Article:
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REVIEW: Tease pleases – but not the bar queue!

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Performer Kitty Campari
Performer Kitty Campari

Sarah Halford reviews A Midsummer Night's Tease Valentine's Special at The Stratford Play House, 15th February

MIDSUMMER it may not have been but there was plenty of bottom to be seen in Stratford on Friday night.

The Midsummer Night’s Tease Valentine’s Special certainly got an abundance of bums on seats, or rather out of them, with an exuberant night of titillation and bare-faced cheekiness.

Top talents from the burlesque and cabaret scene pulled off a glorious, even riotous, evening of glitz and glamour, silliness and spectacle, bearing almost all for the delight and delectation of a packed Play House.

It wasn’t only the performers’ apparel that was stripped off either — a reputedly buttoned-up Stratford audience threw off its inhibitions with gay abandon too, perhaps lubricated by the free bubbly.

Fizz certainly wasn’t needed for some very high jinks, though, because all the features of burlesque you’d expect were on the bill to give an eager audience an evening of fun and frolicks.

The vintage-infused night was, it almost goes without saying, reminiscent of 1950s semi-nudie burlesque, with its time-honoured abundance of dazzling costumes, satin and sequins, ostrich feather fans and the obligatory rotating tassles. It was spectacle all the way, hilarious and provocative, with a flavour of circus and carnival courtesy of artists who performed unfeasible feats with everything from hoops to a skunk outfit.

Modern burlesque is neither smutty nor sleazy — there isn’t a dirty mac in sight. Neither is it particularly erotic; it’s a mixture of seduction and slapstick with a theatrical nod and a mischievous wink to the naughty but nice and ever-so-slightly saucy.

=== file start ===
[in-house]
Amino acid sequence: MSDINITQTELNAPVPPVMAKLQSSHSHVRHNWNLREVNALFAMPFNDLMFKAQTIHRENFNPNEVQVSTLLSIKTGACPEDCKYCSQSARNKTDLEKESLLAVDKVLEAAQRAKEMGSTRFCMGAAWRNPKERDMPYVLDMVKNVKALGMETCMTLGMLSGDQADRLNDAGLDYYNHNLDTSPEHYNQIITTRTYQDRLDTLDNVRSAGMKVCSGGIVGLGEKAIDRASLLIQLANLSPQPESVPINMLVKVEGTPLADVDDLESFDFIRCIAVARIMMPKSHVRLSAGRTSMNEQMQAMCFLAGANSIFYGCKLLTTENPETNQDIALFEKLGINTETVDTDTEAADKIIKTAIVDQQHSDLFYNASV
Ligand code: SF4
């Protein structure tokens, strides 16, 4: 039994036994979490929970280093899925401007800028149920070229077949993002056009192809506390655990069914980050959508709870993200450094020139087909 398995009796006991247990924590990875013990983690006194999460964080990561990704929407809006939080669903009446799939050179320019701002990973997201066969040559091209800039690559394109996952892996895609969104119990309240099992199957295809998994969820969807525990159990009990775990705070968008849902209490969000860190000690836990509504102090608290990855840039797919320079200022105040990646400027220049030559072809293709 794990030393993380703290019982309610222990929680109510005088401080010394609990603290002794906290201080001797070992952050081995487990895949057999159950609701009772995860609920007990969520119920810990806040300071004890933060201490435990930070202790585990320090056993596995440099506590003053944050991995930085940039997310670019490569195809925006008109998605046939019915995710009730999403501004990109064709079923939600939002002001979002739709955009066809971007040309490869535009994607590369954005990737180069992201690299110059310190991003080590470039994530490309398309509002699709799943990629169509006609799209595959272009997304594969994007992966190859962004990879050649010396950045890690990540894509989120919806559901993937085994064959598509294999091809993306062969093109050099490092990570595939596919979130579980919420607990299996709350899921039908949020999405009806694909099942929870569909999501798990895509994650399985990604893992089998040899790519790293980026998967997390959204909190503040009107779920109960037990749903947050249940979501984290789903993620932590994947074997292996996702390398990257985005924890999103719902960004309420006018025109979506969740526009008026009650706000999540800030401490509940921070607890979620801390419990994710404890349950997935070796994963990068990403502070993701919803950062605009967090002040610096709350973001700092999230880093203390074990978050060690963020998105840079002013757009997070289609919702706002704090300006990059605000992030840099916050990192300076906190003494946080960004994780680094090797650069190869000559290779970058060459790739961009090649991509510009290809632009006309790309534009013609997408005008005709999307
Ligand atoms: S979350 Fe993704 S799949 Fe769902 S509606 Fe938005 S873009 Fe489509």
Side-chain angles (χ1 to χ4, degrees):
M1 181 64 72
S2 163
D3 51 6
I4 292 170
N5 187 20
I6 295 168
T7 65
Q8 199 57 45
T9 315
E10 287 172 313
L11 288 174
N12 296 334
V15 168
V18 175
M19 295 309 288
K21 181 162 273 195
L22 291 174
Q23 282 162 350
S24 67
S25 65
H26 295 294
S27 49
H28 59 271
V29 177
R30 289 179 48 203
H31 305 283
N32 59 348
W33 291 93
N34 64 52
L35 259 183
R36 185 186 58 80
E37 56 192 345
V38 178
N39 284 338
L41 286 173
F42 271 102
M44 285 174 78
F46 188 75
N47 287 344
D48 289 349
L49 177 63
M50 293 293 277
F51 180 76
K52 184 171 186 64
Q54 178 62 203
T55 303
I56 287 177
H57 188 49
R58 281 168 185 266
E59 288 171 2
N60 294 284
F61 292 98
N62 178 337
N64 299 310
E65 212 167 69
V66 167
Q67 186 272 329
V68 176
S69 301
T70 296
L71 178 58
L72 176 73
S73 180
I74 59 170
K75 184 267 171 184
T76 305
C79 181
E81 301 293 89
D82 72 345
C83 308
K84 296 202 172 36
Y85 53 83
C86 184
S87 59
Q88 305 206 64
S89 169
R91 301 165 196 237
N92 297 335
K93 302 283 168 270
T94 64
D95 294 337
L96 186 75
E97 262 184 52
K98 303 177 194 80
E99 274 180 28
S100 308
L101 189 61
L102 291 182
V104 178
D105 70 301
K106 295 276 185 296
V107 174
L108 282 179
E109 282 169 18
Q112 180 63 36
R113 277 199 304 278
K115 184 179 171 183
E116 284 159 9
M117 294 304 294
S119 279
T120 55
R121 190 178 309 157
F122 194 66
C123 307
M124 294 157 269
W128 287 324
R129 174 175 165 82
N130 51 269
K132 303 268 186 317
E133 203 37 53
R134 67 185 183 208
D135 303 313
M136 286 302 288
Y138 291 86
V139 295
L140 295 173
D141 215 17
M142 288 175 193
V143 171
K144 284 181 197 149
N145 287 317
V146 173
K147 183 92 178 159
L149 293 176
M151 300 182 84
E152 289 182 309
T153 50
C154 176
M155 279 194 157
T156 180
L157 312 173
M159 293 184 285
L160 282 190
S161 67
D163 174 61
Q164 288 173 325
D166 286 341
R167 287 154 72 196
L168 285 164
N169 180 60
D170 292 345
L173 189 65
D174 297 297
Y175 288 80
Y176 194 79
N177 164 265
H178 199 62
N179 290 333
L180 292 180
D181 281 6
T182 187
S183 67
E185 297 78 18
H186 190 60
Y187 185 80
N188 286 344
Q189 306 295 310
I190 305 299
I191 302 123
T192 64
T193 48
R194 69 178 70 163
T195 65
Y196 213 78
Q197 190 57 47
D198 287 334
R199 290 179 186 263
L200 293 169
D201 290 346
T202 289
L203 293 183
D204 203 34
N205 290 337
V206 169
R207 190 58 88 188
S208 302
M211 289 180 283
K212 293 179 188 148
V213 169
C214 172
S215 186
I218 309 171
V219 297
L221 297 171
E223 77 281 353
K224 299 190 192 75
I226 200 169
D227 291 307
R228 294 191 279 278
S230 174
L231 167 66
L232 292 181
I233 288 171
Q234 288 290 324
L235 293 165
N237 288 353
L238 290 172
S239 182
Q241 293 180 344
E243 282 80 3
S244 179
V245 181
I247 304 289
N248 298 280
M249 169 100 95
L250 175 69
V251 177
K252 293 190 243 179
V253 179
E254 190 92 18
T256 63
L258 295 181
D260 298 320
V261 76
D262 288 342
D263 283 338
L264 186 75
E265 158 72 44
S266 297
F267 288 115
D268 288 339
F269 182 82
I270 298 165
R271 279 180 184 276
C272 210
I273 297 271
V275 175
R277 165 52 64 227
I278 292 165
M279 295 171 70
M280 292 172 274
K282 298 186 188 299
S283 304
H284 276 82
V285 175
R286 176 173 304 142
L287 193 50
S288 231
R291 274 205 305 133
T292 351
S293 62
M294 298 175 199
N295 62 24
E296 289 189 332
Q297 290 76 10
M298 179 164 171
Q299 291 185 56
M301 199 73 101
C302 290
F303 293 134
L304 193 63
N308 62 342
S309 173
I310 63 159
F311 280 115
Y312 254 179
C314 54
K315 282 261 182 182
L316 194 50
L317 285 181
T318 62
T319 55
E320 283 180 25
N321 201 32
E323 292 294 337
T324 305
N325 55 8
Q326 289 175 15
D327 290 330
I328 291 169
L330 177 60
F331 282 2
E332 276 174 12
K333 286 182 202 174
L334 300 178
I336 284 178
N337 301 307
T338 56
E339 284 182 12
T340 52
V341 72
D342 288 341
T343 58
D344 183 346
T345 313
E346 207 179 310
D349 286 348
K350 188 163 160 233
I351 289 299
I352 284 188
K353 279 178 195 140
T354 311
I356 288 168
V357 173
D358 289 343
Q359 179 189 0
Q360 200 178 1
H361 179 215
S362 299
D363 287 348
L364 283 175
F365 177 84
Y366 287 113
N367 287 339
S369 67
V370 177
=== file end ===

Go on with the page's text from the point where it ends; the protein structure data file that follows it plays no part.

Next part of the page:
The Valentine Tease included a few modern twists, both technological and social. There were more than a few fantastic tricks with strip lighting and somersaults on spring-loaded stilts, including over a brave audience member’s head, that drew a few gasps.

True to the transgressive tradition of burlesque, though, were elements such as male as well as female strip-tease. Male strippers are nothing new, of course, but this was not the standard macho format — it was, rather, boylesque. For the uninitiated like me, this is a new take on the classic art strip-tease, even the male version, that is certainly a little camp but actually pretty androgynous.

It was a local group of amateur burlesque performers who really stole the spotlight, though, with their determined slogan to ‘Kill it at any size’. This group of women who have only recently been learning the dance form in their spare time strutted their stuff and showed that they could command the stage at any size, age or level of experience.

The night was very slightly marred by the chaos of a disorganised venue. This was in no way the fault of the show’s organisers – in fact, the show was a triumph despite the long, ridiculously long queues at the bar, with two people serving more than 200 people, who also had to mingle with everyone gathered in the foyer and ambling with nowhere in particular to go before the show started, along with the cloak racks and a couple of indeterminate desks. Even a couple of ushers would have been helpful.

Nevertheless, love was certainly in the air and if the crowds of body-and-arm-swaying revellers were anything to go by the show, led by brilliantly dynamic host Betsy Harmony, was an absolute triumph.

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